The clinical, laboratory, and pathological features of aspergillosis of the central nervous system (CNS) were studied in a series of 17 autopsied patients. Two groups were defined. Group A consisted of 8 patients with diseases commonly associated with CNS aspergillosis: leukemia, lymphoma, aplastic anemia, and renal transplantation. Group B contained 9 patients with various illnesses not generally known to be associated with CNS aspergillosis. CNS aspergillosis was diagnosed and treated before death in only 1 patient. Patients in Group A received cytotoxic drugs, often had granulocytopenia, less commonly had focal neurological deficits, and seldom had seizures. Group B patients were not granulocytopenic, received no cytotoxic agents, underwent nontransplant surgery, and more frequently had focal neurological deficits. Eleven of the 17 patients (65%) had focal deficits, most of them hemiparesis. Meningeal signs were rare, but the cerebrospinal fluid was usually abnormal. The principal neuropathological process was Aspergillus invasion of blood vessels causing hemorrhagic infarction. Focal clinical deficits correlated neuroanatomically with Aspergillus lesions. In 2 patients, such lesions were detected by 99mTc‐DTPA or cerebral angiography before computed tomographic scanning. The lungs were the usual portal of entry, but isolated CNS lesions occurred in 2 patients. CNS aspergillosis should be considered as a cause of new onset of focal neurological deficits in patients with illnesses that are more diverse than has generally been appreciated.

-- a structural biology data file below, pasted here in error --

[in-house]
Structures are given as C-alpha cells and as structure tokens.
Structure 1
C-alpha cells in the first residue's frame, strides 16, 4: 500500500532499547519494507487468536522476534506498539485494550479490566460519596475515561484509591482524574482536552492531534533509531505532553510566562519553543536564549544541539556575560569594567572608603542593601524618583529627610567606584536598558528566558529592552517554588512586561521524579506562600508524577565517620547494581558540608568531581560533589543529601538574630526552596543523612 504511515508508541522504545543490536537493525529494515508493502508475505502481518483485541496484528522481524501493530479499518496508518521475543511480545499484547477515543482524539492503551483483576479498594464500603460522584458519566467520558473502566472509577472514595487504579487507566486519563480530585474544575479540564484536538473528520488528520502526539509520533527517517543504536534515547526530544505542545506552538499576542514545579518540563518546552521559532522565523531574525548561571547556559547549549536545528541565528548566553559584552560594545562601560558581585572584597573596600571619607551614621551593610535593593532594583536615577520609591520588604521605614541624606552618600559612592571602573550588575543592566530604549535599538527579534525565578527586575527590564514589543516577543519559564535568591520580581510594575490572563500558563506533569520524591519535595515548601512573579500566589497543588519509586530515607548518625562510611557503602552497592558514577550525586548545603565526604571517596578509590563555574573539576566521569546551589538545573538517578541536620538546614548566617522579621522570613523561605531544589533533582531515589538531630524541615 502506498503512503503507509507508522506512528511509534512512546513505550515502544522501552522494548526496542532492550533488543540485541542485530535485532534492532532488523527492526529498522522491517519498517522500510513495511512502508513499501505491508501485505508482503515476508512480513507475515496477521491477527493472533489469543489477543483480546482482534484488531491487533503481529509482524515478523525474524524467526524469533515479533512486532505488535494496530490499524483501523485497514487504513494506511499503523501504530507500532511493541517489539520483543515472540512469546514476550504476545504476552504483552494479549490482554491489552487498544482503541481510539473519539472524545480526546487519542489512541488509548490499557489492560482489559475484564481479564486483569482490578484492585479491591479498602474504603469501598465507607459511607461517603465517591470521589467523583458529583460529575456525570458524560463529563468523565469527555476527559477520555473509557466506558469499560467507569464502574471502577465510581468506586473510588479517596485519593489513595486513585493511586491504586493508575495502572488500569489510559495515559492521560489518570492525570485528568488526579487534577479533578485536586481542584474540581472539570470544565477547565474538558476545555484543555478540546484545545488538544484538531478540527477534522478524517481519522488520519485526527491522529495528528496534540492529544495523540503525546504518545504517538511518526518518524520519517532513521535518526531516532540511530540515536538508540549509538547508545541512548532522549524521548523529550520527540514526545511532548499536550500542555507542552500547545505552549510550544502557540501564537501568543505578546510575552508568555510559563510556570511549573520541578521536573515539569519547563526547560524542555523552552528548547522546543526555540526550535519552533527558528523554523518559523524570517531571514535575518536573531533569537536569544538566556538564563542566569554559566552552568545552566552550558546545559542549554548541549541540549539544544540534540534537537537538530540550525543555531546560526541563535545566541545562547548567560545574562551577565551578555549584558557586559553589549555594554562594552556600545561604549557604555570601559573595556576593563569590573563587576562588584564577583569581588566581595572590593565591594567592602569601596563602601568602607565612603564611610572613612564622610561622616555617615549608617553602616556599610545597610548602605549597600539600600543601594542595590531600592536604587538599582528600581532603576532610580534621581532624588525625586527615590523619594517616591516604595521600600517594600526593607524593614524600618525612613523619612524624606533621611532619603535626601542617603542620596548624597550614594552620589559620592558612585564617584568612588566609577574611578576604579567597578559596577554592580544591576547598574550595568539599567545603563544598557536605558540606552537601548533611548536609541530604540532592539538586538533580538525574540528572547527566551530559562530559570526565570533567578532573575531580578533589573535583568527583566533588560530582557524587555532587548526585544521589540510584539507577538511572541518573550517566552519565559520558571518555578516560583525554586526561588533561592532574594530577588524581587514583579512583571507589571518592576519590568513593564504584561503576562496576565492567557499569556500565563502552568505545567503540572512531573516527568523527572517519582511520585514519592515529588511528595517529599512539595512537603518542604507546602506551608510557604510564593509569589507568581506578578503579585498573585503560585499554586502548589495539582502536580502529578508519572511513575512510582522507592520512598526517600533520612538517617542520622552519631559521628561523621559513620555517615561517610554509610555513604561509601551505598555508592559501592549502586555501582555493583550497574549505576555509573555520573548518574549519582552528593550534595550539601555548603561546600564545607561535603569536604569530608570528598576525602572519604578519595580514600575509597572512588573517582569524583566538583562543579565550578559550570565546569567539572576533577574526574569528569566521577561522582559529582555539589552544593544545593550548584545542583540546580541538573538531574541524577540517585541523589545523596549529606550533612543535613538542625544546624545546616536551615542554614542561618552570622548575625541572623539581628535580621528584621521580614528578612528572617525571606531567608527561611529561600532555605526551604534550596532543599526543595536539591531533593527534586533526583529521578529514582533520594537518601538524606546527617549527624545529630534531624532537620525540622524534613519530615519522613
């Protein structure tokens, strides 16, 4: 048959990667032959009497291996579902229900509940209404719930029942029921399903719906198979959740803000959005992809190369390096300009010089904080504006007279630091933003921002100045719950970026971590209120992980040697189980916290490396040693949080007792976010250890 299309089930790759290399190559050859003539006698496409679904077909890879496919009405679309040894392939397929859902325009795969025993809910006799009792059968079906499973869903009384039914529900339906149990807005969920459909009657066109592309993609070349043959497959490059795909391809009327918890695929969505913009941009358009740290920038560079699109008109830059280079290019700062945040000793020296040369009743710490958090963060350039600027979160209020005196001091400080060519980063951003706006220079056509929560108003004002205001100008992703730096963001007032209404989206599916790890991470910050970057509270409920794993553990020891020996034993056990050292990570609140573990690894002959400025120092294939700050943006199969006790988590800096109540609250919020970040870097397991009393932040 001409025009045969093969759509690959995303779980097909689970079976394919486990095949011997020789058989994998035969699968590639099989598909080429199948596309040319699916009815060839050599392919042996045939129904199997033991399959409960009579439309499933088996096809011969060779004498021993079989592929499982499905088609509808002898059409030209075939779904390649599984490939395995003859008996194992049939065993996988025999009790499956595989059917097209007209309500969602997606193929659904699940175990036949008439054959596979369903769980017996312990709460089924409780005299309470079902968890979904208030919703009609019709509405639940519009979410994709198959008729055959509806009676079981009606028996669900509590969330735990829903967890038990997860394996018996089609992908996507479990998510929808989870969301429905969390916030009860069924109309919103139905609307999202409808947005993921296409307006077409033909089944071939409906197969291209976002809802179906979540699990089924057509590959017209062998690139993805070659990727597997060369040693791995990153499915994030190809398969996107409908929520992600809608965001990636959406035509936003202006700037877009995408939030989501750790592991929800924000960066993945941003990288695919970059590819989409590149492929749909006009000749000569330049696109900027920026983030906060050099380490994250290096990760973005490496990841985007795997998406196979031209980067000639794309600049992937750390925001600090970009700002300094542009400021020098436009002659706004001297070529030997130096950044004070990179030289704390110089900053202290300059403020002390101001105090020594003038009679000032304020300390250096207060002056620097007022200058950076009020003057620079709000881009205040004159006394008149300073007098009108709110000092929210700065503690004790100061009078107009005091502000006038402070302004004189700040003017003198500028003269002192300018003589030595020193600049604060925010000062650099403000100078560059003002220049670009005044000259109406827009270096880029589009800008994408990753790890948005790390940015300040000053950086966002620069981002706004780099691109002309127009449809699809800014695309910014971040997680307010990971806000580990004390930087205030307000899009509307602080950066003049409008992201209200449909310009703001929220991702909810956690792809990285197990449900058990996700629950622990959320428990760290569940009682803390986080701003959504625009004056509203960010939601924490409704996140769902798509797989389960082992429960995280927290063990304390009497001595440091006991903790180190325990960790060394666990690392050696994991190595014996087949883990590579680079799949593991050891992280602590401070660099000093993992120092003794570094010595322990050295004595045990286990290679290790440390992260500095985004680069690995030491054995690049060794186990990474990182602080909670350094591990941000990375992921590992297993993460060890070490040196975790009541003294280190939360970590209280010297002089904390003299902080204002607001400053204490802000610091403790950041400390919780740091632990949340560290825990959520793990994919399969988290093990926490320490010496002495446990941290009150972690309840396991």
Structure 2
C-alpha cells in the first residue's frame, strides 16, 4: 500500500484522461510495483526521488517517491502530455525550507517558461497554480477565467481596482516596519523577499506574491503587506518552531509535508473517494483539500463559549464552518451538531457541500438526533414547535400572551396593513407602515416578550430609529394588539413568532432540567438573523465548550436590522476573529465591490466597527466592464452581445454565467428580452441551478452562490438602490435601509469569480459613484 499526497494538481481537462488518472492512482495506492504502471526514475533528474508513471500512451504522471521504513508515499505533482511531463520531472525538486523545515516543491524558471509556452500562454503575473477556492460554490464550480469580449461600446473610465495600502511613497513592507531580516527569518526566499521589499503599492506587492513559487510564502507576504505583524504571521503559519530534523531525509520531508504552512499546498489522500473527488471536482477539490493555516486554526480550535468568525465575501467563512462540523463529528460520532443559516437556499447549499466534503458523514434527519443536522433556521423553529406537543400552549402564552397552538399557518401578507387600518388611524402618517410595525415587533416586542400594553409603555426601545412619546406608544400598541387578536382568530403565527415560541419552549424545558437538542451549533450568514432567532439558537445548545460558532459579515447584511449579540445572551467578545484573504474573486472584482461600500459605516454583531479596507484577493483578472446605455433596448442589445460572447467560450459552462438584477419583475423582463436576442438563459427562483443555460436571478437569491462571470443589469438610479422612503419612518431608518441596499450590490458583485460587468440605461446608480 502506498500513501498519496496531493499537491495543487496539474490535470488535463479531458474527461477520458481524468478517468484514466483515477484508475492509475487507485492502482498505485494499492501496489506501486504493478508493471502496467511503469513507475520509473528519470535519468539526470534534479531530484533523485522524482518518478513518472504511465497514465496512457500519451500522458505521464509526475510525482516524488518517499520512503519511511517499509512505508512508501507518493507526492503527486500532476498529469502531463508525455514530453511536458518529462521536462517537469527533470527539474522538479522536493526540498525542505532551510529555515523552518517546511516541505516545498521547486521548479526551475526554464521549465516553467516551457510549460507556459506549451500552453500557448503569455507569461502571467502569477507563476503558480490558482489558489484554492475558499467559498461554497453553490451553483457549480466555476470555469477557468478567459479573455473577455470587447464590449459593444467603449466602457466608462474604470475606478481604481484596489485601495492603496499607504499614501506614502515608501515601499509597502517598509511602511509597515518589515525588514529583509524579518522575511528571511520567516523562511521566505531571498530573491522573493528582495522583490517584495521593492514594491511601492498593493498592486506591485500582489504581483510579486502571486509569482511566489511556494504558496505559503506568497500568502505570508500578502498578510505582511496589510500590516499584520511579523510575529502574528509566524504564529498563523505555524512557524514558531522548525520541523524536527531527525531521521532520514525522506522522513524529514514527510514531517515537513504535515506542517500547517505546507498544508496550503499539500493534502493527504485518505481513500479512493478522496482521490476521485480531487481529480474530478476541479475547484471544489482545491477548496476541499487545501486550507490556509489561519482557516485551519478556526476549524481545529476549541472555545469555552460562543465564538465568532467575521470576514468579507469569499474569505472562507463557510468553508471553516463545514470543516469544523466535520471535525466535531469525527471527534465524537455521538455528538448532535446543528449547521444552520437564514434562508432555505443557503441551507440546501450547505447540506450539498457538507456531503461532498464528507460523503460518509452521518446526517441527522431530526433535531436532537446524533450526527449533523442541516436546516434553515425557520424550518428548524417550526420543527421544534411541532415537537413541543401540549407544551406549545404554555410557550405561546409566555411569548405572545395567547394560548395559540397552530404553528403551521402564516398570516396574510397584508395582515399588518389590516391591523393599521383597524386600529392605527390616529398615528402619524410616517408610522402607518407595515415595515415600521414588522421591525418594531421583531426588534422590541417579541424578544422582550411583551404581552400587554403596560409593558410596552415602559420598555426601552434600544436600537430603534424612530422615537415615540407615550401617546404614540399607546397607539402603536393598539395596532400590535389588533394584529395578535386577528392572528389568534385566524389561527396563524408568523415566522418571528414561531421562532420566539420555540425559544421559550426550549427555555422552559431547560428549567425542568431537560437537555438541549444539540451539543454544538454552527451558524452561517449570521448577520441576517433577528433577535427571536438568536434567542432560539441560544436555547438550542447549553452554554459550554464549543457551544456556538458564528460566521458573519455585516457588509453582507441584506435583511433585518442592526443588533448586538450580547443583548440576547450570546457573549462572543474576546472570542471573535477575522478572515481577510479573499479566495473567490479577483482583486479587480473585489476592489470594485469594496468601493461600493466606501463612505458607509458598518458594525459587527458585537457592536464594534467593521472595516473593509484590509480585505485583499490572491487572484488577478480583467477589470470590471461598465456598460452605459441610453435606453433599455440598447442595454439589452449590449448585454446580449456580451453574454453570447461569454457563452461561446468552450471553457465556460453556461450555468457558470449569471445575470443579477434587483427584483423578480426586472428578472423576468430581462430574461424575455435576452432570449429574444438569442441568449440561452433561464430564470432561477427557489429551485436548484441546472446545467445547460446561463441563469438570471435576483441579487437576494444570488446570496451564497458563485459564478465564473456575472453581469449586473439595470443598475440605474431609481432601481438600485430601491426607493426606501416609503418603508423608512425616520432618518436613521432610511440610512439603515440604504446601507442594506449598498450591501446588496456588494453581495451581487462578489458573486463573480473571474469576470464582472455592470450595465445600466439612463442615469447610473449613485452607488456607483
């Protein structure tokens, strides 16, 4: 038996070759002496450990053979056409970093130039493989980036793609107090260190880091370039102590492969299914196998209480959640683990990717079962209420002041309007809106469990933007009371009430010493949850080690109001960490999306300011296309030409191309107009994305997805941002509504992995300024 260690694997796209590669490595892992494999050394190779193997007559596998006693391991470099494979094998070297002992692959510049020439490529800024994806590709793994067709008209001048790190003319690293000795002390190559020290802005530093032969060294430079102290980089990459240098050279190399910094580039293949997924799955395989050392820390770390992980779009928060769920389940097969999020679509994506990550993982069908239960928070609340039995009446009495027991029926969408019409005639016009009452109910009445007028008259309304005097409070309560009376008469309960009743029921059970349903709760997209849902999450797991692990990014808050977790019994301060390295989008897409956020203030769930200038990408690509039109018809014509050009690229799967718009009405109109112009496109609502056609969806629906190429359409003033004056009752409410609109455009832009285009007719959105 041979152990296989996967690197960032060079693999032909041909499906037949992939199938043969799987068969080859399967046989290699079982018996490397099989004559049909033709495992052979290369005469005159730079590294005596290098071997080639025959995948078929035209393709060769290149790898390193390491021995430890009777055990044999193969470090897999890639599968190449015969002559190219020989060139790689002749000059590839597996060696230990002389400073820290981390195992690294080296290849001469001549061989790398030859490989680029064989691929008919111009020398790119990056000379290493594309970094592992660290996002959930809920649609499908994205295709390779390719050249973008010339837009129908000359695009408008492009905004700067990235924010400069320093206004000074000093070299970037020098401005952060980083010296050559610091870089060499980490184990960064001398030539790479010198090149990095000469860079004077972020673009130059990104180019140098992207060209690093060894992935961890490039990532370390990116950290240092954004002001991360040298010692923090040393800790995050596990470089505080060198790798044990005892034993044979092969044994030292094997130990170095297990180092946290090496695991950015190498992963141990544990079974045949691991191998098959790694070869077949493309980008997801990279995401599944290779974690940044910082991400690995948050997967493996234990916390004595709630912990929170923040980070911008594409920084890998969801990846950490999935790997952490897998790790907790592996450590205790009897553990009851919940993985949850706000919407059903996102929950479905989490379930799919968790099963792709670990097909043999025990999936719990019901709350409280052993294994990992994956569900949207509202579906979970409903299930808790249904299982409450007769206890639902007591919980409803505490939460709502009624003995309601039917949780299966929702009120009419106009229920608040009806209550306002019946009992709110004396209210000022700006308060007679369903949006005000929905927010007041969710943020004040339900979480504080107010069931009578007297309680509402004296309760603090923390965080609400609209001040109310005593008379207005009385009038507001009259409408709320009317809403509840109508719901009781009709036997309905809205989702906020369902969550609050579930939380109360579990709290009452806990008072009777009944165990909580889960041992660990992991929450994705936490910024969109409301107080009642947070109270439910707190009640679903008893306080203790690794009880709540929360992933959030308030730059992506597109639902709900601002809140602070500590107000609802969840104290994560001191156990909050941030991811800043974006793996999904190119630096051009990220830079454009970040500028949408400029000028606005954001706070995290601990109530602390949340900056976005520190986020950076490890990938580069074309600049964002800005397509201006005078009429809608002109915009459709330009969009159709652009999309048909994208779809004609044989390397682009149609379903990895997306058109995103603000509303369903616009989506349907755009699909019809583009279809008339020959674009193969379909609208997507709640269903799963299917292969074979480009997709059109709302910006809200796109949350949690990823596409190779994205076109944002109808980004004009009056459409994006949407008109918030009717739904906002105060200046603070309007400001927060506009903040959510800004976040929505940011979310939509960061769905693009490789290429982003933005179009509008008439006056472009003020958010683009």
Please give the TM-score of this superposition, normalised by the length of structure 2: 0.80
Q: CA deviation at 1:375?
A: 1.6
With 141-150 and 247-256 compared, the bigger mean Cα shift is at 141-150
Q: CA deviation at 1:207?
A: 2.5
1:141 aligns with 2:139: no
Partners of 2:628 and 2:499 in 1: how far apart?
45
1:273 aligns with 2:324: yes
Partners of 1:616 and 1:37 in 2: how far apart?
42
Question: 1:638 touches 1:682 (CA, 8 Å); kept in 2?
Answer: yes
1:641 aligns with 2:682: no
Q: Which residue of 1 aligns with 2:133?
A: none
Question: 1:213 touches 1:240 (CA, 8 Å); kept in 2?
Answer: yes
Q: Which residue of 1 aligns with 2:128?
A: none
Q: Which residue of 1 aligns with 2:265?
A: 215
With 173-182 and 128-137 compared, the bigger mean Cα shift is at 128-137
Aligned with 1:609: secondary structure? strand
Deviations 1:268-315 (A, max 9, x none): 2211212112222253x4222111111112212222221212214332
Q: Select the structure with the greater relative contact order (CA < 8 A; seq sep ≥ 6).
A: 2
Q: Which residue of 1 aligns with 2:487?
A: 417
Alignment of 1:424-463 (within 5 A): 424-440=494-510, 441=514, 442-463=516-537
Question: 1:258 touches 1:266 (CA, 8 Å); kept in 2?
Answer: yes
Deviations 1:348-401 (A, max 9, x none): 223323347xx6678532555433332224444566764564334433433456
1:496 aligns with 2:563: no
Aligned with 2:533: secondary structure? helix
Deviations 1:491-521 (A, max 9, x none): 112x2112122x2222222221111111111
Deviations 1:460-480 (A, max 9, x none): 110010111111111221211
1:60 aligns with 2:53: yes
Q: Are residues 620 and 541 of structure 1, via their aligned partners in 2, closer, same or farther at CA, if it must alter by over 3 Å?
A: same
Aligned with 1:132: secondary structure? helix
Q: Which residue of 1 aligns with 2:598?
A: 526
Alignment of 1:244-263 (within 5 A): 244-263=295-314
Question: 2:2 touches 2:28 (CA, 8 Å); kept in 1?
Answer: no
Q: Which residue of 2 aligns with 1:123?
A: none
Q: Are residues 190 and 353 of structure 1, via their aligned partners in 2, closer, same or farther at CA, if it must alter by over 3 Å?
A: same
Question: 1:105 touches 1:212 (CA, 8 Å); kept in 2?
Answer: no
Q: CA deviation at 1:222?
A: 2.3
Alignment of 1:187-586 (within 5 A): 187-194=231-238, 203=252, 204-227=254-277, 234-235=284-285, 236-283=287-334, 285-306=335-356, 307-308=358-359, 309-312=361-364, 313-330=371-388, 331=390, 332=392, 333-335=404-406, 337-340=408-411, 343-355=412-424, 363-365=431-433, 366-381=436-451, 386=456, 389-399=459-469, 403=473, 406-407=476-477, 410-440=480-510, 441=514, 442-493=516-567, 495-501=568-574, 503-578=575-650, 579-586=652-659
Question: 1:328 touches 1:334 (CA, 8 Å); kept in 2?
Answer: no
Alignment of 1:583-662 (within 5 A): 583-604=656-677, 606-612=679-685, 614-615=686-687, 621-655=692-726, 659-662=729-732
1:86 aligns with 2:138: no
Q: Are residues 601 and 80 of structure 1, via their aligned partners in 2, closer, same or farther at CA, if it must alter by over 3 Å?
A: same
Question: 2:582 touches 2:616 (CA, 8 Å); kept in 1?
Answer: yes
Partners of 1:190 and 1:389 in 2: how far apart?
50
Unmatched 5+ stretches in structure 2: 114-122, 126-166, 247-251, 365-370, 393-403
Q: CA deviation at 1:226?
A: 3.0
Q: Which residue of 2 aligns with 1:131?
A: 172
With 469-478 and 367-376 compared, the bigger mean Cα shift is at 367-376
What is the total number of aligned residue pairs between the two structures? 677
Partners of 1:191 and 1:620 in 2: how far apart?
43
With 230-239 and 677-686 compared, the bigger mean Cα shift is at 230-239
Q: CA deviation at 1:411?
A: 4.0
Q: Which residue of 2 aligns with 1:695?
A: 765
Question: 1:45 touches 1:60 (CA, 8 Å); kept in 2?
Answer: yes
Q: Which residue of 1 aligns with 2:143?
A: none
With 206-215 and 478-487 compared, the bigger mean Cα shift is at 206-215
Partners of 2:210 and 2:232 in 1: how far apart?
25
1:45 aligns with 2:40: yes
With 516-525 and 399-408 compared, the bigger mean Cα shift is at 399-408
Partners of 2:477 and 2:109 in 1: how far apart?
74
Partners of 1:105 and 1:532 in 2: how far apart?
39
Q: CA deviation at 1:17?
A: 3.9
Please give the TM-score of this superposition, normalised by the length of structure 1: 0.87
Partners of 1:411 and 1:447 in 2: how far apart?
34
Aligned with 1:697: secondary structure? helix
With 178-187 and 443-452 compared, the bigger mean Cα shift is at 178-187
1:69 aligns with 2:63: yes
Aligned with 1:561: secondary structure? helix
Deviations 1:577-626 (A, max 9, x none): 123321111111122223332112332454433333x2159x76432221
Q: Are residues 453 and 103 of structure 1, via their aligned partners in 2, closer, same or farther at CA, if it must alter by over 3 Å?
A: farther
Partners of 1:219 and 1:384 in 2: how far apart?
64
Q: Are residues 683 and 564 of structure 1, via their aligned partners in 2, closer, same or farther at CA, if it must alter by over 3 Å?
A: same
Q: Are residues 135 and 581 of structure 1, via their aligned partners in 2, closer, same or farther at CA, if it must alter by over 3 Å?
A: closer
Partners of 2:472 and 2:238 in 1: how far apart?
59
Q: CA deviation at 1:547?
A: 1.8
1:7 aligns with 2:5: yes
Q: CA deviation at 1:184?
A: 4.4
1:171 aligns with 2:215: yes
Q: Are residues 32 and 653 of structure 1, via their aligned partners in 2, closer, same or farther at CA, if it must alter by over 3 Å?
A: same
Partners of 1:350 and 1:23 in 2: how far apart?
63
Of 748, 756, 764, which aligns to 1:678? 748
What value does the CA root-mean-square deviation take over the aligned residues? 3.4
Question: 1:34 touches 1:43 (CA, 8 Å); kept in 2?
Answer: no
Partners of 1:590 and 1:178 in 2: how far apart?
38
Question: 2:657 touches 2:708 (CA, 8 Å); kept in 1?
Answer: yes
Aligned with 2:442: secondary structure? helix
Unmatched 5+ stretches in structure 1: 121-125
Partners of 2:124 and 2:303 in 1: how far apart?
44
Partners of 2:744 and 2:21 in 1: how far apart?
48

ASJC Scopus subject areas
- Clinical Neurology